The passage of the Setting Every Community Up for Retirement Enhancement (SECURE) Act 2.0, part of a $1.7 trillion spending bill signed into law on December 29th 2022, marks an exciting new chapter in retirement planning. With over one hundred provisions, it was designed to help everyday Americans financially secure their golden years. Here’s a quick look at eight noteworthy points and how they might affect your future plans.

  1. Delayed RMD Start Age

Retirement savers born after 1951 now have the potential to retain more of their savings and gain additional tax-deferred growth. For those born in 1960 or later, Required Minimum Distributions (RMDs) will start at age 75 instead of 72, while those who were born before 1951 are unaffected by this change. This shift provides individuals with a longer period for tax-advantaged investment returns as well as extra time to plan their retirement withdrawals strategically.

  1. Impact on Inherited Spousal IRAs

Starting in 2024, spouses of retirement account holders can delay required minimum distributions (RMDs) until the original owner’s RMD age. This applies even if the surviving spouse passes away prior to reaching their deceased partner’s RMD commencement age; any subsequent beneficiaries will be treated as though they were originally listed on that account. These changes offer heirs an advantageous way to manage inherited accounts by delaying withdrawals from them for longer periods and using more favorable distribution tables when calculating those amounts over time.

  1. New Catch-Up Contribution Opportunities

Also beginning in 2024, the Individual Retirement Account catch-up provision for those age 50 and older will get a boost thanks to inflation indexing. Until now, savers had been limited to contributing an unchanging sum each year ($1,000 from 2015–23), but starting in 2024 they’ll have the opportunity to increase their contributions annually with the rate of inflation.

  1. Mandatory Roth Catch-up Contributions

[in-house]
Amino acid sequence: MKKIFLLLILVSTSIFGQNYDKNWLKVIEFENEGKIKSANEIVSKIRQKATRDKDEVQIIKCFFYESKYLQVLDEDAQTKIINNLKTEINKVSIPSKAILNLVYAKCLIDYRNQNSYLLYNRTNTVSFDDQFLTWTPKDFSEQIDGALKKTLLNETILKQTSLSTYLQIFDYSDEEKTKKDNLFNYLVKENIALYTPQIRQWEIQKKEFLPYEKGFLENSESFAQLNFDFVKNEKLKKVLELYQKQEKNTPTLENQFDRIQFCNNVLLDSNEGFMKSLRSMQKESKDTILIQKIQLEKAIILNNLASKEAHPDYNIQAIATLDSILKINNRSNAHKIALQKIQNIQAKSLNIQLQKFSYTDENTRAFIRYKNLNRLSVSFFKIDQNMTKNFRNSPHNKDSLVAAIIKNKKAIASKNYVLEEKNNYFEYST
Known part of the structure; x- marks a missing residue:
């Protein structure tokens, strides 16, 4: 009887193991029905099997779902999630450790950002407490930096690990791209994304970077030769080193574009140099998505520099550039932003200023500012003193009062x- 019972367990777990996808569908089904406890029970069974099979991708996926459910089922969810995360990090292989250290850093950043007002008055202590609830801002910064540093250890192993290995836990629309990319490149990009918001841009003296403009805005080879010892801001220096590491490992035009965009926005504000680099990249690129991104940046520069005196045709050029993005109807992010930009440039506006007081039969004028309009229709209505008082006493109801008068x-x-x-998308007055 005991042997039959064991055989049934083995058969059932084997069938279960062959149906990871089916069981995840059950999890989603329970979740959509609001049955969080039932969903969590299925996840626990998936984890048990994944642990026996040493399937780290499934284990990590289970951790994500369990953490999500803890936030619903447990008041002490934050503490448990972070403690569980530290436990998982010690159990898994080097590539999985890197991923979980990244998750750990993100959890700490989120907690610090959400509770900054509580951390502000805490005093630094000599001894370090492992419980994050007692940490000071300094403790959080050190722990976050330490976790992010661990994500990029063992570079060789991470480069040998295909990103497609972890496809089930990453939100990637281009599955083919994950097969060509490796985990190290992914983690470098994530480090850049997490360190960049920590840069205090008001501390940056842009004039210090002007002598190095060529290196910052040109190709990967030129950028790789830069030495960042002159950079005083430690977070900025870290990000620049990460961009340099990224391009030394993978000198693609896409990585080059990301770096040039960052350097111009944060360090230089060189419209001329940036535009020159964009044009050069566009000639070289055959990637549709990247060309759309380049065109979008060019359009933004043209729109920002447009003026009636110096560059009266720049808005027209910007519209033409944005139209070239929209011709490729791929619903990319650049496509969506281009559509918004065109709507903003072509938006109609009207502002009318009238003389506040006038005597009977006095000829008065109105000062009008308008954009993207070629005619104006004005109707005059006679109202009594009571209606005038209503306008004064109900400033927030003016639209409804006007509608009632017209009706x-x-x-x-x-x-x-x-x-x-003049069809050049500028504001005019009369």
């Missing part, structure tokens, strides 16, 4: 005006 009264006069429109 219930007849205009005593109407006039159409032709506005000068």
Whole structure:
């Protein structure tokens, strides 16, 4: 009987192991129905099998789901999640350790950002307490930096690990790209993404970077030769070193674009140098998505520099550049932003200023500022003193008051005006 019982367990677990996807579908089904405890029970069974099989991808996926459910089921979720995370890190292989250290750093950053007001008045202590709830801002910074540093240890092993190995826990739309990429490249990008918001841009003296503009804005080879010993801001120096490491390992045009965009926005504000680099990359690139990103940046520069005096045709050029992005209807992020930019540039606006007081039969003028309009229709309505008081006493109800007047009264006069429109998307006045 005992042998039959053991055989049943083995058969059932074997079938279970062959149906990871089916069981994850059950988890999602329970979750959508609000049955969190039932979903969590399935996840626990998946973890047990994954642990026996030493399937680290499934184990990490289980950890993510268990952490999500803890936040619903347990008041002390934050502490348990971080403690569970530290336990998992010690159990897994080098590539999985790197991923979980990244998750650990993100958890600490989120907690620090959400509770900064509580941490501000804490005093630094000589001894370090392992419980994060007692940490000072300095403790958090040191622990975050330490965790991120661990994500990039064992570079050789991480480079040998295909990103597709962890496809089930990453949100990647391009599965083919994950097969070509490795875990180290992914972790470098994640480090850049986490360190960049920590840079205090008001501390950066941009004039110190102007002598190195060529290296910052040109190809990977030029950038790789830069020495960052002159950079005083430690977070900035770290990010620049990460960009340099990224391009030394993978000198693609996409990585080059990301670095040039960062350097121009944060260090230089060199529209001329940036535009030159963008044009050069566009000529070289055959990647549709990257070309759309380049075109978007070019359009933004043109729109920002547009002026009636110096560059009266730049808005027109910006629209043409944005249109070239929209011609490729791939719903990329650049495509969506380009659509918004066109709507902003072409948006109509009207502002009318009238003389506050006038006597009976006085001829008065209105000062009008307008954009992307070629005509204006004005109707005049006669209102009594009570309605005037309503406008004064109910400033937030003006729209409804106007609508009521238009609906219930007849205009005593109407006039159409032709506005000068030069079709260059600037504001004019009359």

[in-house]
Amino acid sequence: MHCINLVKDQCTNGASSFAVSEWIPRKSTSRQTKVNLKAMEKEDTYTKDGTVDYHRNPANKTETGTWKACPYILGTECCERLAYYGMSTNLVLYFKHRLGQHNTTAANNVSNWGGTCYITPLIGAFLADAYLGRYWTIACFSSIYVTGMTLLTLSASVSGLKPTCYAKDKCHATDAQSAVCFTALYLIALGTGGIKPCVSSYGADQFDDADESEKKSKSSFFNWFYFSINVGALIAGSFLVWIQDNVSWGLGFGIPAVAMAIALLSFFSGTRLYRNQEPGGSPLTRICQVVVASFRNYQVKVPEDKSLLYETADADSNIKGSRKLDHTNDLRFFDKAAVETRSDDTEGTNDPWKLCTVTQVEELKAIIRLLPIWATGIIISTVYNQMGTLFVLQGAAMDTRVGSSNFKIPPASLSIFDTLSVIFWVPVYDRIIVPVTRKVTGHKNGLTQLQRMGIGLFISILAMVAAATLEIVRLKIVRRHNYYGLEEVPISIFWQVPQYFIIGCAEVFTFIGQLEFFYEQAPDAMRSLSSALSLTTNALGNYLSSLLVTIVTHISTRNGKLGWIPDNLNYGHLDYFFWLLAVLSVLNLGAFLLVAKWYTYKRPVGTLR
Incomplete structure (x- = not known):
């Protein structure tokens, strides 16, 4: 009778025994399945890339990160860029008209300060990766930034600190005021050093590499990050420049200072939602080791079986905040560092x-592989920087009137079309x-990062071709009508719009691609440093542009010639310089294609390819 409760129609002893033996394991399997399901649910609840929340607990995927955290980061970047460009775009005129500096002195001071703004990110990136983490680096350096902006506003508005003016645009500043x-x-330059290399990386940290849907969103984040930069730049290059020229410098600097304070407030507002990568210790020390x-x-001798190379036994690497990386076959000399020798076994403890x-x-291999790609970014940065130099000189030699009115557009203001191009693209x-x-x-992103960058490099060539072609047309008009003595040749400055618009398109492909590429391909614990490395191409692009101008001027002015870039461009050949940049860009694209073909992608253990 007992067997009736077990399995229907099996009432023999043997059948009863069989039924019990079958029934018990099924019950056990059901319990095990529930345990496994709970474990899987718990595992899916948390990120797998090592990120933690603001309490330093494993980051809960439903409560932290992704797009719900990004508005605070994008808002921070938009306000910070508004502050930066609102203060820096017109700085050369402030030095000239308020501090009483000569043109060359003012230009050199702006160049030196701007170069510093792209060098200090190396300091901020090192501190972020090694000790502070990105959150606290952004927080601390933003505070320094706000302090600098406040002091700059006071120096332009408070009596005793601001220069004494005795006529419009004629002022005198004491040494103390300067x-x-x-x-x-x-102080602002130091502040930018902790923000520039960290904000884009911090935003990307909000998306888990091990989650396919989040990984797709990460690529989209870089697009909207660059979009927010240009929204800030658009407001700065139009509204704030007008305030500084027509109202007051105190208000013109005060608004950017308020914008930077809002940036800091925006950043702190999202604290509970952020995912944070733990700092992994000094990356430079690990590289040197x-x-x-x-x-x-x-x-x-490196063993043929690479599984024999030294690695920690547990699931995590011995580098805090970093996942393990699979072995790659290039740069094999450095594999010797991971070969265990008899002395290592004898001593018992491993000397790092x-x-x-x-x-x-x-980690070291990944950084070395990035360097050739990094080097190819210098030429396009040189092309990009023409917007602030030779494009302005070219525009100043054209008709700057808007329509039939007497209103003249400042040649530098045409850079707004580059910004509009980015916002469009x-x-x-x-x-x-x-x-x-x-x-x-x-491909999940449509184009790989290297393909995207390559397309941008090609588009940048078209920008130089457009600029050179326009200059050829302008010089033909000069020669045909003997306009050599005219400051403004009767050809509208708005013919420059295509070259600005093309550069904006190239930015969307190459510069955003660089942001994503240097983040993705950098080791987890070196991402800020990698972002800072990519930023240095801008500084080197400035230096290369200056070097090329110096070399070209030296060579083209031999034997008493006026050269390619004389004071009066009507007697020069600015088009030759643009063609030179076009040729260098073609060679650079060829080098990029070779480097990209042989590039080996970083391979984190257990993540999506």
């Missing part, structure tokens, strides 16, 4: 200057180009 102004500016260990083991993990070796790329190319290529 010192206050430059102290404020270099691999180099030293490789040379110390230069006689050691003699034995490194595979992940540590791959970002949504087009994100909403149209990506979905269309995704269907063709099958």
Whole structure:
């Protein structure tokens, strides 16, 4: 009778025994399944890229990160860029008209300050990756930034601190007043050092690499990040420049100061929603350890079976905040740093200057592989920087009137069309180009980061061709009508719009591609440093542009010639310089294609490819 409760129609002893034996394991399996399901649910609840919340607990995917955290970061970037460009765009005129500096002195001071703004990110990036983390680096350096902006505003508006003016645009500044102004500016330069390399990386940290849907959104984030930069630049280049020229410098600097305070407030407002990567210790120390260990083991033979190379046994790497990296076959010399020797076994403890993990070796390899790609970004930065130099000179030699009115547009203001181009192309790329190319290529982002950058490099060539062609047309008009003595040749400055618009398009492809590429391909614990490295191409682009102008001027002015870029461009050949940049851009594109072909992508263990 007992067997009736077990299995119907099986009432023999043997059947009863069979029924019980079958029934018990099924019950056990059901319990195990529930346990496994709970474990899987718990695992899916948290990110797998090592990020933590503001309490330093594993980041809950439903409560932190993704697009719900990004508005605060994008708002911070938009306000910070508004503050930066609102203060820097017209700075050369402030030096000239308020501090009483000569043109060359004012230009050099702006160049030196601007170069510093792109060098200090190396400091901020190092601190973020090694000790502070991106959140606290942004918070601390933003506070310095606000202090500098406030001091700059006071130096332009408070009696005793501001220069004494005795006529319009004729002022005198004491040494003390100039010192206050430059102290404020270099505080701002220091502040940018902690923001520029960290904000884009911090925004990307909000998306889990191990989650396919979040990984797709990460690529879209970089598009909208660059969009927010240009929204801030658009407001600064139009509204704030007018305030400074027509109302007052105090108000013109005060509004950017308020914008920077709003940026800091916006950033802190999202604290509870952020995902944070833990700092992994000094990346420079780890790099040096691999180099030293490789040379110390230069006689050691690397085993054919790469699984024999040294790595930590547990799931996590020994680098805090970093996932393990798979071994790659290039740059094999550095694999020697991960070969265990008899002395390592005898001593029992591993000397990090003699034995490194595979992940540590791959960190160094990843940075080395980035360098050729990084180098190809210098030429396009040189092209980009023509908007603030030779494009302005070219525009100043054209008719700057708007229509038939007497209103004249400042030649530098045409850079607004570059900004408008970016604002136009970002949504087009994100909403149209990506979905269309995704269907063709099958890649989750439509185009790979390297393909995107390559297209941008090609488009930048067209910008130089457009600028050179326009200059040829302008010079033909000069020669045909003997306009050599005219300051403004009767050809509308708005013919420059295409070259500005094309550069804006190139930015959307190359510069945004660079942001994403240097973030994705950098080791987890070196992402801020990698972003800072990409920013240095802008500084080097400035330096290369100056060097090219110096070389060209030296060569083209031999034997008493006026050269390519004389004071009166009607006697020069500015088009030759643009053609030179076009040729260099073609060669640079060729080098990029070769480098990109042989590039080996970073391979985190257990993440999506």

Get ready, high wage earners! Starting in 2024, you will have the option to use your 401(k) plan under Roth rules — a tax-free way of investing and saving for retirement. Contributions made with this rule are not deductible but all associated growth within the account is completely exempt from taxes. Additionally, qualified withdrawals come out tax-exempt as well, an attractive advantage over traditional contributions that require paid RMDs (required minimum distributions). Take note: This only applies to those receiving W2 income; those who are self-employed may still choose pre-tax catch up contributions if desired.

  1. Update to Qualified Charitable Distributions

Donors aged 70.5 and up can now use qualified charitable distributions (QCDs) to fund a split-interest entity, such as specific types of trusts or annuities, with the maximum amount raised to $50,000 in 2023. As an added bonus for 2024 onwards, QCD limits will be adjusted annually according to inflation levels giving donors increased flexibility when funding their chosen charity’s cause.

  1. RMD Penalty Adjustment

The SECURE 2.0 Act significantly reduces the IRS penalty for not taking enough from a qualified retirement account at the prescribed deadline. Instead of incurring an expensive 50% fee, individuals now only owe 25%. Even better, if they remedy the shortfall within time limits that have yet to be determined, this figure can be lowered to just 10%.

  1. Roth-Associates Provisions

With the passage of SECURE 2.0, small employers now have the opportunity to contribute after-tax funds into their employees’ retirement accounts through SIMPLE and SEP Roth IRAs in addition to 401(k)s. Additionally, from 2024 onwards Roth 401(k)’s will be exempt from RMD (Required Minimum Distributions), making them more comparable with traditional Roth IRA’s which never require distributions until death or withdrawal request.

  1. 529 Plan-to-Roth IRA Account Transferability

Beneficiaries of 529 plans have been granted a new financial opportunity in 2024, allowing them to move up to $35,000 from their plan into a Roth IRA. To qualify for this transfer option, the account must have been open and maintained for at least 15 years with no contributions within the past 5 years. It’s important to note that only contribution limits set by individual states (currently $6,500) will be accepted each year, meaning total lifetime transfers may not exceed $35k per beneficiary.

You’ve worked hard and put in the time it takes to build up your retirement savings. At 83rd Street, we’re here to ensure that your gained assets continue to serve you to retirement and beyond. Do you have specific questions about how the SECURE Act 2.0 might affect your retirement plans? Don’t hesitate to reach out.

Additional information about 83rd St. Wealth Management is available in its current disclosure documents, Form ADV Part 1, 2A Brochure, and 2B Brochure Supplement, which are accessible online via the SEC’s investment Adviser Public Disclosure (IAPD) database at, using CRD# 172115.